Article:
We live in a world today where most of the visual and written work that we produce is judged by an extremely unrelated factor. Facebook, Twitter and Instagram all have extremely quick “decay rates.” Have you posted to twitter in the last 2 hours? The problem with this phenomena is a loss of perspective.
As the internet has evolved, almost every information channel on the internet has placed a priority on time. A post that has half the quality of another, but twice the recency, has a good chance of receiving more attention.
Recency is now factored into how much attention your work gets.
The reality is, time based media has worked to produce massive engagement online. The focus on recency in how our art or craft is distributed has attached a value factor that has no bearing on it’s actual quality.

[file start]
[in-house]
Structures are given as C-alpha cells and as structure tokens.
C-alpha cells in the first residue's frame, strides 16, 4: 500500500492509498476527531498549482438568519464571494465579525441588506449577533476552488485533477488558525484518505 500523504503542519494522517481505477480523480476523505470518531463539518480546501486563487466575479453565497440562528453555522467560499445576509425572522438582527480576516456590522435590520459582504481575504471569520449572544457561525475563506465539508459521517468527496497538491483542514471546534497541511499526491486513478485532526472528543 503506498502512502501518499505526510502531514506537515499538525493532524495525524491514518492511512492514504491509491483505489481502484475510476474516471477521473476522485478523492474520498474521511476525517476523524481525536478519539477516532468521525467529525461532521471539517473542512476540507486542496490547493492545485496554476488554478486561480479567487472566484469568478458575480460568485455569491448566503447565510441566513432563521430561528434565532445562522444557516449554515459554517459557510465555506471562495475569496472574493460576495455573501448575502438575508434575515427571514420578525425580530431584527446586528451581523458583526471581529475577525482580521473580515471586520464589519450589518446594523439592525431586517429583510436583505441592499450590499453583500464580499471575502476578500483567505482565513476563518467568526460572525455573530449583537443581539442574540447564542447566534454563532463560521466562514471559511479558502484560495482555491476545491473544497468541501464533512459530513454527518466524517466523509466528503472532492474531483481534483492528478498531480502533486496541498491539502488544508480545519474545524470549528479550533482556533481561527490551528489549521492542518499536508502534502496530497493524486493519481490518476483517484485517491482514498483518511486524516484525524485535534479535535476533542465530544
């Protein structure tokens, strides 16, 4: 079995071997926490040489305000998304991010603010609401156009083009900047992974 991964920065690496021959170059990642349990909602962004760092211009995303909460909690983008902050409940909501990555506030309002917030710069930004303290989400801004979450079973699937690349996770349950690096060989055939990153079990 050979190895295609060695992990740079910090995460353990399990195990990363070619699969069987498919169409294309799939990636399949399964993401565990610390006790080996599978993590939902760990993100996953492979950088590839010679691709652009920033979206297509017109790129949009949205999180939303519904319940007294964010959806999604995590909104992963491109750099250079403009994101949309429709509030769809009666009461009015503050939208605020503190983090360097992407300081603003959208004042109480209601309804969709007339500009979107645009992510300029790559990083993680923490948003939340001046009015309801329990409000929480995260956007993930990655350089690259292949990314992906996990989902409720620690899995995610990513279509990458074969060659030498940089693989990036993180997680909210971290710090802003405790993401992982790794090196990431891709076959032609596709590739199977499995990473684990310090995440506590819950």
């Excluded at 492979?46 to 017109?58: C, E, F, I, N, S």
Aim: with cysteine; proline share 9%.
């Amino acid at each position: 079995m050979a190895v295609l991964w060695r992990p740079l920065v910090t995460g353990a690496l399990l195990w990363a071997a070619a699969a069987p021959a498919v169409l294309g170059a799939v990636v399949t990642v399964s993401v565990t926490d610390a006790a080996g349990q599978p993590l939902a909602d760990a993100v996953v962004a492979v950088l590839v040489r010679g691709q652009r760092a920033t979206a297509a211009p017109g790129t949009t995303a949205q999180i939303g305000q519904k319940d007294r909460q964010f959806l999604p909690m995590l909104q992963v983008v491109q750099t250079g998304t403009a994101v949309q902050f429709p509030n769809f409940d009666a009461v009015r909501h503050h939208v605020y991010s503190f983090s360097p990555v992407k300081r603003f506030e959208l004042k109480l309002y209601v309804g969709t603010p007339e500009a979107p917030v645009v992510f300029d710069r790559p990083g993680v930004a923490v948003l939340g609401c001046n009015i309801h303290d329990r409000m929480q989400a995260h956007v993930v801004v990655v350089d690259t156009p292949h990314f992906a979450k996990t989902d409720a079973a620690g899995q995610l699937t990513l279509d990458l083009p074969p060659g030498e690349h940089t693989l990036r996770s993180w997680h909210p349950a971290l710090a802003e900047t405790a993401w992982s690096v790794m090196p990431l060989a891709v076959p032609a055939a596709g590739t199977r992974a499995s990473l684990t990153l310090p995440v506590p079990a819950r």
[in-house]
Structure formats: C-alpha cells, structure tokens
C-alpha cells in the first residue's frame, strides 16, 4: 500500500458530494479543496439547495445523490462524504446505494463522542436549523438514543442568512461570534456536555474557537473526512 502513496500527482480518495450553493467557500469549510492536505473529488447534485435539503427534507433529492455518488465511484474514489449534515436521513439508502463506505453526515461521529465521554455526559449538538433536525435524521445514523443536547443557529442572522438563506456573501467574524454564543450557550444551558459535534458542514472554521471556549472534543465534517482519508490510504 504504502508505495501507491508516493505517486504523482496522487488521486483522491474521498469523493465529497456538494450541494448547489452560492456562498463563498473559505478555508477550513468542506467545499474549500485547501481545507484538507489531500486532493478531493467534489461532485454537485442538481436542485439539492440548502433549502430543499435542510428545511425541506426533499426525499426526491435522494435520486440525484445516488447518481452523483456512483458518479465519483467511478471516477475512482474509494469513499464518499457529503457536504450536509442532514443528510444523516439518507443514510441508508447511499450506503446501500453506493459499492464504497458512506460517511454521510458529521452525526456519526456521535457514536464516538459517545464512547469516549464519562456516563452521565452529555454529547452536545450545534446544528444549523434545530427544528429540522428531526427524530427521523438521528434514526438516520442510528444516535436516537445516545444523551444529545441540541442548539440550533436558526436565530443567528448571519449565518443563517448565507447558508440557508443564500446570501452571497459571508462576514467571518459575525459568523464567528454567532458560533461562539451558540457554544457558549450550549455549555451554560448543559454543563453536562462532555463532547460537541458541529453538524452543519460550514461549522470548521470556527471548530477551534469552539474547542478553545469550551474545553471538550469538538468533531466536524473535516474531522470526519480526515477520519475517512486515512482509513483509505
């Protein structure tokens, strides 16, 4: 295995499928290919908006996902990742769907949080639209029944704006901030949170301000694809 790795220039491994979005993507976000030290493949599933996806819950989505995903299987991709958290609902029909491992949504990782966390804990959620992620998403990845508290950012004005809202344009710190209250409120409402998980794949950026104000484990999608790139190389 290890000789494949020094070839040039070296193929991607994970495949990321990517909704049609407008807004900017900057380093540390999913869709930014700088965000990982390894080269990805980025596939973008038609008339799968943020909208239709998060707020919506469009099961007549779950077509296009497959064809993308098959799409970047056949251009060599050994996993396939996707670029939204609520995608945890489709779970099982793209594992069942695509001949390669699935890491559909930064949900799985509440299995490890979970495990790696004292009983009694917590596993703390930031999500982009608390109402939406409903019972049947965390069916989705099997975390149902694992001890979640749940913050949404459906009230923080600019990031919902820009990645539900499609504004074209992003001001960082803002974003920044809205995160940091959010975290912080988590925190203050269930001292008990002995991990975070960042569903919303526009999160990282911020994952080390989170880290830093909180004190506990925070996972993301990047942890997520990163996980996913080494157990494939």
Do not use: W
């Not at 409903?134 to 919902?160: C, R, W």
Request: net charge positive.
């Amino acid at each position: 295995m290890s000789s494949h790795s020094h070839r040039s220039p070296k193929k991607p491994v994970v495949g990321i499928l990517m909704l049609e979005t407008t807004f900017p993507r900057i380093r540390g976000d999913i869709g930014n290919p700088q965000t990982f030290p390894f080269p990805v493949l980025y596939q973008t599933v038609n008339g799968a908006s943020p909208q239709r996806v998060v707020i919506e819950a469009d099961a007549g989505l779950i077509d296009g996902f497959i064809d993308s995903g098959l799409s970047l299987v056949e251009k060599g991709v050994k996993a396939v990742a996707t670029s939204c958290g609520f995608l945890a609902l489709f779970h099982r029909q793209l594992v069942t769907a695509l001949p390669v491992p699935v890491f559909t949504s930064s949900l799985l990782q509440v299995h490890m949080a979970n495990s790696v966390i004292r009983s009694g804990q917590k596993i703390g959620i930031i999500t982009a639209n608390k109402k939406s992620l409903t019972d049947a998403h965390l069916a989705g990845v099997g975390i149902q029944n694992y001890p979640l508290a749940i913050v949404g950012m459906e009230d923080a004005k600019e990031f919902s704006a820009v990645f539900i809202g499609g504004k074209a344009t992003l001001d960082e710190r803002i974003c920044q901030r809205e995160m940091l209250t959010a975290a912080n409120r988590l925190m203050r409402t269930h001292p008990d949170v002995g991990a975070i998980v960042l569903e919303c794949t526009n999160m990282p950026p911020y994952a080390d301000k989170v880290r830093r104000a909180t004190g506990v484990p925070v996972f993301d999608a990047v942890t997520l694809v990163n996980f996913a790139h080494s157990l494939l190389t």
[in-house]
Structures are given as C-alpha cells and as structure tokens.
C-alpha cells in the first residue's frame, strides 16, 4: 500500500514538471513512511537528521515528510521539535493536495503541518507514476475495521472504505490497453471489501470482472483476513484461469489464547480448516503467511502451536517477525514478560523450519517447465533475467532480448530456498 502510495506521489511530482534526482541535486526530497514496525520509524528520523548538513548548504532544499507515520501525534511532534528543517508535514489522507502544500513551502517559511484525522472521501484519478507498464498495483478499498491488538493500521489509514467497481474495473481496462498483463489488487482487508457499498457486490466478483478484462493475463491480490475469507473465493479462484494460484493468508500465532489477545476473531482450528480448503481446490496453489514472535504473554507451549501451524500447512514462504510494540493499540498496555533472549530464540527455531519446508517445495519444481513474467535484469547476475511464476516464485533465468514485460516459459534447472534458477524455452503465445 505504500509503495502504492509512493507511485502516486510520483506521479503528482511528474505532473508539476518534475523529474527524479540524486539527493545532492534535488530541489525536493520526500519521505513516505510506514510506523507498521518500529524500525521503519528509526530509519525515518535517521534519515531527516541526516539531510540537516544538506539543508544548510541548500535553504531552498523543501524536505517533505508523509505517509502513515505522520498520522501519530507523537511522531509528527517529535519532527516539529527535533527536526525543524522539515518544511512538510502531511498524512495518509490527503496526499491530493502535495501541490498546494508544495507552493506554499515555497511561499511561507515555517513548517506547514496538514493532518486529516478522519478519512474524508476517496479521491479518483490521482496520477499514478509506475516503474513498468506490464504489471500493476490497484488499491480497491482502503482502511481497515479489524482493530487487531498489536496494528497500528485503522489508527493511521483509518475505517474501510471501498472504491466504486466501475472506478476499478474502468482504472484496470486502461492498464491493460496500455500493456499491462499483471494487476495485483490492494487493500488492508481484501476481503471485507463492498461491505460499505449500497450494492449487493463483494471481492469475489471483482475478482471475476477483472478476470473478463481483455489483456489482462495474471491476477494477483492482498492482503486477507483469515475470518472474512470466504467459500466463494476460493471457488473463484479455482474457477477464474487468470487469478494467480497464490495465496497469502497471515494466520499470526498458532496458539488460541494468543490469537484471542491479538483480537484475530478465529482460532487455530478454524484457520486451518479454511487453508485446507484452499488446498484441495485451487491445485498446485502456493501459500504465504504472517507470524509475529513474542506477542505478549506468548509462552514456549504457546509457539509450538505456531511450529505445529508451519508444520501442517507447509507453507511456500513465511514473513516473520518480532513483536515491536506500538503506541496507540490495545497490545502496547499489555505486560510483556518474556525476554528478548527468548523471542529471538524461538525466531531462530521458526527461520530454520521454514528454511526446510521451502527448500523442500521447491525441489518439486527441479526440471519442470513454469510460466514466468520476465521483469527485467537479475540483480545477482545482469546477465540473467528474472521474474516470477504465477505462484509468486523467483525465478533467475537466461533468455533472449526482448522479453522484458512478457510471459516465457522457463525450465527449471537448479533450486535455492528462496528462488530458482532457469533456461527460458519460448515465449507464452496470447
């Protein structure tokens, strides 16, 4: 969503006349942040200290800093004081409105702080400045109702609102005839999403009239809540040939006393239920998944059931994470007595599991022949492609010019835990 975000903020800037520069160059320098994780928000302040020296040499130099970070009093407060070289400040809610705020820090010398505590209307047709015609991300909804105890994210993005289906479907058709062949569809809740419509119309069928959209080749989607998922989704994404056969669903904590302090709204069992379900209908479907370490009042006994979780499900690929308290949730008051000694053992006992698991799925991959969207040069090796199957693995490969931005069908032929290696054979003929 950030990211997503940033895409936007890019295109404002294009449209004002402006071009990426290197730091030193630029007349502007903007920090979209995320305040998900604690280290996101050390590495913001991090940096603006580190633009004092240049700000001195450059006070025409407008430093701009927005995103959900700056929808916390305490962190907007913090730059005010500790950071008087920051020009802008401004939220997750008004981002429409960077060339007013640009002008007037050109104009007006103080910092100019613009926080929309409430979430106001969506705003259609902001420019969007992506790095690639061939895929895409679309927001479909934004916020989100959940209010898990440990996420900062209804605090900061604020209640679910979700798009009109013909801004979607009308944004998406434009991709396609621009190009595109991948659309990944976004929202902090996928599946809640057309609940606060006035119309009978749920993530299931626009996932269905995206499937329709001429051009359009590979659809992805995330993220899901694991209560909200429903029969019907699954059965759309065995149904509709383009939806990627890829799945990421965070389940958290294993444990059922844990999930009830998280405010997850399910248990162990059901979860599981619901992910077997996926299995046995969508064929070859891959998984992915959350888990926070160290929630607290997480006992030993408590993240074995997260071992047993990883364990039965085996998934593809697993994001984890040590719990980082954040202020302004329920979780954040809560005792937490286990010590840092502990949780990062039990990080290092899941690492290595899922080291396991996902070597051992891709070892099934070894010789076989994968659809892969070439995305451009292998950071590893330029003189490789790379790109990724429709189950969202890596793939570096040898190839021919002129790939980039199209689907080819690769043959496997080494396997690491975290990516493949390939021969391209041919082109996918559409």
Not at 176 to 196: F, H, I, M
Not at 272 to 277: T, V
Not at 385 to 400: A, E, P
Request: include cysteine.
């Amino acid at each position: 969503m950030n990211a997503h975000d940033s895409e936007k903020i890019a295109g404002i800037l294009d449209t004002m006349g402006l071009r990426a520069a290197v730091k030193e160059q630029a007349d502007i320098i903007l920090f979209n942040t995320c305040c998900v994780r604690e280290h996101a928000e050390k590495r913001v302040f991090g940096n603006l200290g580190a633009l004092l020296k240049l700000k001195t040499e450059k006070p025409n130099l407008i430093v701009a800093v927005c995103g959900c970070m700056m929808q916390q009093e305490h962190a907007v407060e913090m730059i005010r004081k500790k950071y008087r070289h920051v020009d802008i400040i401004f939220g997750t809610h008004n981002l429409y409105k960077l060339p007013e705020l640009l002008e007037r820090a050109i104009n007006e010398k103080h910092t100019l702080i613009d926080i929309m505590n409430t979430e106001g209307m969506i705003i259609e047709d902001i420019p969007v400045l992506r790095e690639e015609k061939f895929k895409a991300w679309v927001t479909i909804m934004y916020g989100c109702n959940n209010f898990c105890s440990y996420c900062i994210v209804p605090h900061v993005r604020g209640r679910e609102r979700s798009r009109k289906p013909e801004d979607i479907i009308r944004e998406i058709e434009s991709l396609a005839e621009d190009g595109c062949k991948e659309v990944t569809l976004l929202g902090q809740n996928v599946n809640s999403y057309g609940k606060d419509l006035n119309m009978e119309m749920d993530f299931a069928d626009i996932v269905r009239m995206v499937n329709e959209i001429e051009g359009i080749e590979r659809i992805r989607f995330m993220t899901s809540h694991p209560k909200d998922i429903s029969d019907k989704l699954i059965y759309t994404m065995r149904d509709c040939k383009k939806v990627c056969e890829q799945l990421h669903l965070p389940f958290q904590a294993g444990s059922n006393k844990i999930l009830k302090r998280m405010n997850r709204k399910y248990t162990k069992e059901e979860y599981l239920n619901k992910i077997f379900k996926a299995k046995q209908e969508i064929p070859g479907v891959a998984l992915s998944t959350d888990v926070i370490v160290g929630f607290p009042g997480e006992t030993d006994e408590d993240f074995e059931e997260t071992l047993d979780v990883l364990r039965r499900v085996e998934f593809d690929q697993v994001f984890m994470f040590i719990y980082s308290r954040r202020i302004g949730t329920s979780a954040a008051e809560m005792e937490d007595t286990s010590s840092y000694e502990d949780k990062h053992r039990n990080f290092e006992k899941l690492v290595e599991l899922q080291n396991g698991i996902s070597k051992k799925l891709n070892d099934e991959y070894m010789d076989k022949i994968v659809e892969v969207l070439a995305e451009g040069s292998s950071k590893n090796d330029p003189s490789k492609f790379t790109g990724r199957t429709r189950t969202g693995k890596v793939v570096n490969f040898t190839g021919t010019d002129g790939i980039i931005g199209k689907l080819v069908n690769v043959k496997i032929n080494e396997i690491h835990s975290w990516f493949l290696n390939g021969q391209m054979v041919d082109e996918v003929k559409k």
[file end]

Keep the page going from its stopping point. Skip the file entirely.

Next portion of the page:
It doesn’t matter how great your photo is, how thoughtful your tweet, if it is not recent, in the world of time-based media consumption, it simply isn’t relevant.
We are less able to learn from the past and as a result we have less ability to think about our future. The irony is not lost on me that I am posting this on a blog / social media.
My thought here is we should be cognizant of how recency is affecting the way that we observe the world and what we create. The art that isn’t trending might be the thing to pay attention to.
The lesson to me is to slow down and become a little more awake.
Categories: The old adage goes, “You can talk about anything, except religion and politics.” On this blog, I guess I throw that advice out the window.
My hope is that you find this blog an outlet to those lingering thoughts that you find in the back of your mind.
Those things, that at least for me, I am usually not bold enough to say.
In this post, I can feel that I will probably hit on both religion and politics. Pew research and many blogs analyzing their research has made a big deal lately out of the rise of the “Nones”, those people who identify no particular religious affiliation.